The system uses the loopback interface "lo0" to talk to itself. Most systems automatically configure it at boot. Talking-to-oneself is useful for testing servers, and also for any situation where the server and client are on the same computer. (For example, some computer games have a one-player mode where server and client are on the same computer. These games use the "network", but because there is only one computer, they use the loopback interface.)
Use the ifconfig command to check the status of the interface. It probably looks something like:
$ ifconfig lo lo0: flags=8049<UP,LOOPBACK,RUNNING,MULTICAST> mtu 33224 groups: lo inet 127.0.0.1 netmask 0xff000000 inet6 ::1 prefixlen 127 inet6 fe80::1%lo0 prefixlen 64 scopeid 0x5
The IPv4 address of your computer is "127.0.0.1". This is in addition to any address that it has on an actual network. In fact, every computer calls itself "127.0.0.1", so it is impossible to use this address to communicate between computers. (Some jokes involve a person who is given "127.0.0.1" as an attack target and proceeds to destroy their own computer.)
If your system is running an IPv6 stack, then your IPv6 loopback address is "::1". The computer should be able to use IPv6 to communicate with itself, even if it has no connection to an actual IPv6 network.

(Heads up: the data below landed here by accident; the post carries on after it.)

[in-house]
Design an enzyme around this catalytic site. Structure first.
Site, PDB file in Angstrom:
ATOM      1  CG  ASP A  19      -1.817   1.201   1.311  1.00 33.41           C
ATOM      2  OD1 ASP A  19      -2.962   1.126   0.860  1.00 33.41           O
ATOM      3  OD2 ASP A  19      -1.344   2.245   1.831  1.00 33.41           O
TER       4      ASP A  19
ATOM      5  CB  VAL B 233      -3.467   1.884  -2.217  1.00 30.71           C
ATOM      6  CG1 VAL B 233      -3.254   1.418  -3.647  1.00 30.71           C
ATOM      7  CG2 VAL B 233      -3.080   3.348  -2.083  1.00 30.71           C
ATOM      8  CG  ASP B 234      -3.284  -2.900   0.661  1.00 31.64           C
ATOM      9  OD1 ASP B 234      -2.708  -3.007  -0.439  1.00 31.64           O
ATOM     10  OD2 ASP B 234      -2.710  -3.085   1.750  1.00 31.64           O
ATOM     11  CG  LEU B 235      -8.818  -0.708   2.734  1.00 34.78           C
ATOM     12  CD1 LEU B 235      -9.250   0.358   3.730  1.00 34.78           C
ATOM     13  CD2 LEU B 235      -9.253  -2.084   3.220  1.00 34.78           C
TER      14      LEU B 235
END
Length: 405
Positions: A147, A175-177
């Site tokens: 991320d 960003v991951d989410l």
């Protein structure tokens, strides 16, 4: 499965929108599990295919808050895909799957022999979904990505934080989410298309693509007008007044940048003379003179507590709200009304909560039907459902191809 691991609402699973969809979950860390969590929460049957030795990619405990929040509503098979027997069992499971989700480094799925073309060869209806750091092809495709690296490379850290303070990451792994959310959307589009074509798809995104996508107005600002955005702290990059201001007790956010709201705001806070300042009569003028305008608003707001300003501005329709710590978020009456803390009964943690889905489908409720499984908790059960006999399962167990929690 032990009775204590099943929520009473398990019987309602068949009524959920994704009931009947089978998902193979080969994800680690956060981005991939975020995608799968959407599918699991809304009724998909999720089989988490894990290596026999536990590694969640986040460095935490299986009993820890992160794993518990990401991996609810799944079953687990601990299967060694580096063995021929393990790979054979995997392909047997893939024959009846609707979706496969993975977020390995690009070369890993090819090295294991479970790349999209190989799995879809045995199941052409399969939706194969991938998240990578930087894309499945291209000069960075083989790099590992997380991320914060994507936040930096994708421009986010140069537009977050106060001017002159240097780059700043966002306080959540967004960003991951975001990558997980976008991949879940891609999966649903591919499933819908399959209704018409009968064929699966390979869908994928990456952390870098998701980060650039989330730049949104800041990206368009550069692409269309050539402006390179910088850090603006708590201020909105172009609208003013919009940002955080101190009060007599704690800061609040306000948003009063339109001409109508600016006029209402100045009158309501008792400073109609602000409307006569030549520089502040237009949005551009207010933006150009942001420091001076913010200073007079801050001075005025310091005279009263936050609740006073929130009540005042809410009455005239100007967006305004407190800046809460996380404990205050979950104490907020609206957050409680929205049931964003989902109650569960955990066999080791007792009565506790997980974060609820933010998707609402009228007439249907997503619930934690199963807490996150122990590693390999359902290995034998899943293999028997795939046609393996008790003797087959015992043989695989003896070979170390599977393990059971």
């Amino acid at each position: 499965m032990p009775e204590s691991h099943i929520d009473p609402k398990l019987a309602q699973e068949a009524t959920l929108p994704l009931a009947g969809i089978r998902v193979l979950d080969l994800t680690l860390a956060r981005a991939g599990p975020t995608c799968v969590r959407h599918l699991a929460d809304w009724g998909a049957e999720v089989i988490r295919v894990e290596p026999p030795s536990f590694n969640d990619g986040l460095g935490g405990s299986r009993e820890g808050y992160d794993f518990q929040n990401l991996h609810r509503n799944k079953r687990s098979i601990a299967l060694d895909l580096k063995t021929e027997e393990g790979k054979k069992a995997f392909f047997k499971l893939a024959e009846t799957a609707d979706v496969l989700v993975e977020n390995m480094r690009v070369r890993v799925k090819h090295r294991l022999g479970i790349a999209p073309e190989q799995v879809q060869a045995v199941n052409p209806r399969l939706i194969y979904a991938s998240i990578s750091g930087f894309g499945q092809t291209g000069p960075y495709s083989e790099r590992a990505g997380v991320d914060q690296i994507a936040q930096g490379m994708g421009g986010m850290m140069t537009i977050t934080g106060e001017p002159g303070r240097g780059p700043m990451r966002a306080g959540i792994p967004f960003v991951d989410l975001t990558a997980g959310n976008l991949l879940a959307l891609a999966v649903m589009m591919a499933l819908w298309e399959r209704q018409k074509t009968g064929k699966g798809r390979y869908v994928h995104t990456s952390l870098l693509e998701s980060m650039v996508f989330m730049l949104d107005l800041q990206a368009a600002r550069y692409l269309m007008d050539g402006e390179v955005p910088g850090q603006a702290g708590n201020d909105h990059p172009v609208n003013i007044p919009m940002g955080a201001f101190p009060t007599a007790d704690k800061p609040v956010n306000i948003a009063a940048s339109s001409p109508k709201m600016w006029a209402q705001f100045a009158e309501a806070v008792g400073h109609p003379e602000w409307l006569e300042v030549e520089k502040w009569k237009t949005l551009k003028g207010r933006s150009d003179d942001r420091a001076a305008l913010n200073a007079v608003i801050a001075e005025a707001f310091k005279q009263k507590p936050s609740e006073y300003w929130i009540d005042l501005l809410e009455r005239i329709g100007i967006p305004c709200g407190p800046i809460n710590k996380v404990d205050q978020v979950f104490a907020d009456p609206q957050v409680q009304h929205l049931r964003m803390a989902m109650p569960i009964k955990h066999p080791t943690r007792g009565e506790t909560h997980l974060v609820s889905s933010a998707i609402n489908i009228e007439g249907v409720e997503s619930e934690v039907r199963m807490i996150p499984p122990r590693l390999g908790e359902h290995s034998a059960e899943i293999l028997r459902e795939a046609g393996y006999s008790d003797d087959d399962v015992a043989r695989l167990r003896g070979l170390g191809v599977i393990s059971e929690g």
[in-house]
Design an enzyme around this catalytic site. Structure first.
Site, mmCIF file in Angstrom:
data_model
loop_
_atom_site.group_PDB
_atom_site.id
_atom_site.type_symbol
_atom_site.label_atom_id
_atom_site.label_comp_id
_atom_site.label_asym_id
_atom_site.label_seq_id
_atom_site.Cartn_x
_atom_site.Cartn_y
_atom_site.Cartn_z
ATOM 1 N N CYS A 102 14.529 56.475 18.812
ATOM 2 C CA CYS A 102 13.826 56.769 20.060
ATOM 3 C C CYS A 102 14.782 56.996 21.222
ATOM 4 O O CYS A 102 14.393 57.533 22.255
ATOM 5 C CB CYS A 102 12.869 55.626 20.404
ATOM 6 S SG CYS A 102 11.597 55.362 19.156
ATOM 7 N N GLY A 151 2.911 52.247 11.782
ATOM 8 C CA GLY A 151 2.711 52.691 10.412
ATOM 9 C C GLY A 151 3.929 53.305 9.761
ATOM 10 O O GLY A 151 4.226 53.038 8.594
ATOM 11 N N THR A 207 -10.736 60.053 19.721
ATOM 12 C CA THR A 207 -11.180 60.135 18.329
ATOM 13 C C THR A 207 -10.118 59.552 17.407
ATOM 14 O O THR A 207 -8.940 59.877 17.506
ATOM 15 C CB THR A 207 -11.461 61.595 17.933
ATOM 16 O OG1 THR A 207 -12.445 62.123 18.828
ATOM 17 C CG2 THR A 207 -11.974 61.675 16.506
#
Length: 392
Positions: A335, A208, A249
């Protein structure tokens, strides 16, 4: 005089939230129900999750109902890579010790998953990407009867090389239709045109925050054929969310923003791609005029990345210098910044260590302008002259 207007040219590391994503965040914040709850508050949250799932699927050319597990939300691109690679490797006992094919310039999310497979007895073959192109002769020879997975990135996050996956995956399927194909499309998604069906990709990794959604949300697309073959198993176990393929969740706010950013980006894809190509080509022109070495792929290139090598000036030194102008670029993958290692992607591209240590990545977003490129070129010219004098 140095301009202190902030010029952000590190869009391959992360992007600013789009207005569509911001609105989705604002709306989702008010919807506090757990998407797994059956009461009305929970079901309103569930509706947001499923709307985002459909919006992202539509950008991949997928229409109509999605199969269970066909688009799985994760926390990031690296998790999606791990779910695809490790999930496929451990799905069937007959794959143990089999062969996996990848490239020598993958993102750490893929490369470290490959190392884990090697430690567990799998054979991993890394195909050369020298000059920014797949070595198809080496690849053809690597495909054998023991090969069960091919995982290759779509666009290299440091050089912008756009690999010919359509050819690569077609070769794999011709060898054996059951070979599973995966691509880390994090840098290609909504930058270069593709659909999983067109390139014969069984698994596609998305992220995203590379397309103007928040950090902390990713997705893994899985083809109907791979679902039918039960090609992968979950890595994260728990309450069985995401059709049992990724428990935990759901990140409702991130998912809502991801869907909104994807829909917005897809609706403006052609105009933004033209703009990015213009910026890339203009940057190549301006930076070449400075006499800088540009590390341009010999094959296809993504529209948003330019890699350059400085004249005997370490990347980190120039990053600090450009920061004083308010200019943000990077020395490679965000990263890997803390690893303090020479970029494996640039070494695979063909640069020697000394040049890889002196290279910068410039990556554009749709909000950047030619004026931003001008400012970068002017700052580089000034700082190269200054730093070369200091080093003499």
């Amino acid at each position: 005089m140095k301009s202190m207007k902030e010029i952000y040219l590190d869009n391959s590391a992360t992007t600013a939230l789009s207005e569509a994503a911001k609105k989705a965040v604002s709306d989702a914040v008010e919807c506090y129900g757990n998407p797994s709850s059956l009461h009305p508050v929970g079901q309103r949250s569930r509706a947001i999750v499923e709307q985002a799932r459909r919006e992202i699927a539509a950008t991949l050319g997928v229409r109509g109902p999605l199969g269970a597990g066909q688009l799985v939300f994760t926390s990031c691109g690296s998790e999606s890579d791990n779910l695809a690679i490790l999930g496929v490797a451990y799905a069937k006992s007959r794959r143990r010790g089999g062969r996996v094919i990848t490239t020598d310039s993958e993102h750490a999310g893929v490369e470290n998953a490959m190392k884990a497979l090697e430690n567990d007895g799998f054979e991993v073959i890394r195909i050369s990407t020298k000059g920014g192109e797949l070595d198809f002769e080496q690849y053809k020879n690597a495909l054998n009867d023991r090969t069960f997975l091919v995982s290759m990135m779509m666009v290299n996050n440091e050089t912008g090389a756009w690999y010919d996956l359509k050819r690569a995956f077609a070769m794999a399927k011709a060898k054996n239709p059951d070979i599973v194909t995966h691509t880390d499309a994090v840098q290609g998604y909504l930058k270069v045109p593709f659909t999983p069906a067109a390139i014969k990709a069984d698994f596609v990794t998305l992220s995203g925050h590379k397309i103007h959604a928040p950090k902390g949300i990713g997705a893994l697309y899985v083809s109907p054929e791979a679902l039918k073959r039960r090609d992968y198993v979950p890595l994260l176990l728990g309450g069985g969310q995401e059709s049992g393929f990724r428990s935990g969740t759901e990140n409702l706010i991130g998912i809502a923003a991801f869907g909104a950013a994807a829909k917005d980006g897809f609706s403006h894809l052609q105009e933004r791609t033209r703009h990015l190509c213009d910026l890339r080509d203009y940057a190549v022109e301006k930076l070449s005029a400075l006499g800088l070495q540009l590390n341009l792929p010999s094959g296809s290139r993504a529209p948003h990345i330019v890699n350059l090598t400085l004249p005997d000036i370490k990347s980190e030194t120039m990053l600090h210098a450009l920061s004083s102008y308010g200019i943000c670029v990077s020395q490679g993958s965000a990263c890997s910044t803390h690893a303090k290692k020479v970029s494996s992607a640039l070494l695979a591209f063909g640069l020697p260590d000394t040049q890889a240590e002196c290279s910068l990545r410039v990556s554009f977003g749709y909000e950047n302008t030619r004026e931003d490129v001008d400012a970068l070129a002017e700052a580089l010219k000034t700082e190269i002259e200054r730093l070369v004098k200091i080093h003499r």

You probably have no problem pinging the interface with ping or ping6. We use "ping -c3" and "ping6 -c3" to ping 3 times; otherwise it would ping every second until you interrupted with ^C (CTRL+C).
$ ping -c3 127.0.0.1 PING 127.0.0.1 (127.0.0.1): 56 data bytes 64 bytes from 127.0.0.1: icmp_seq=0 ttl=255 time=0.206 ms 64 bytes from 127.0.0.1: icmp_seq=1 ttl=255 time=0.094 ms 64 bytes from 127.0.0.1: icmp_seq=2 ttl=255 time=0.096 ms --- 127.0.0.1 ping statistics --- 3 packets transmitted, 3 packets received, 0.0% packet loss round-trip min/avg/max/std-dev = 0.094/0.132/0.206/0.052 ms $ ping6 -c3 ::1 PING6(56=40+8+8 bytes) ::1 --> ::1 16 bytes from ::1, icmp_seq=0 hlim=64 time=0.284 ms 16 bytes from ::1, icmp_seq=1 hlim=64 time=0.118 ms 16 bytes from ::1, icmp_seq=2 hlim=64 time=0.116 ms --- ::1 ping6 statistics --- 3 packets transmitted, 3 packets received, 0.0% packet loss round-trip min/avg/max/std-dev = 0.116/0.173/0.284/0.079 ms
If you want to use a fake network interface, you often must create it with "ifconfig create".
Some interfaces that you might be able to create: bridge, carp, gif, gre, lo, ppp, pppoe, sl, trunk, tun, vlan.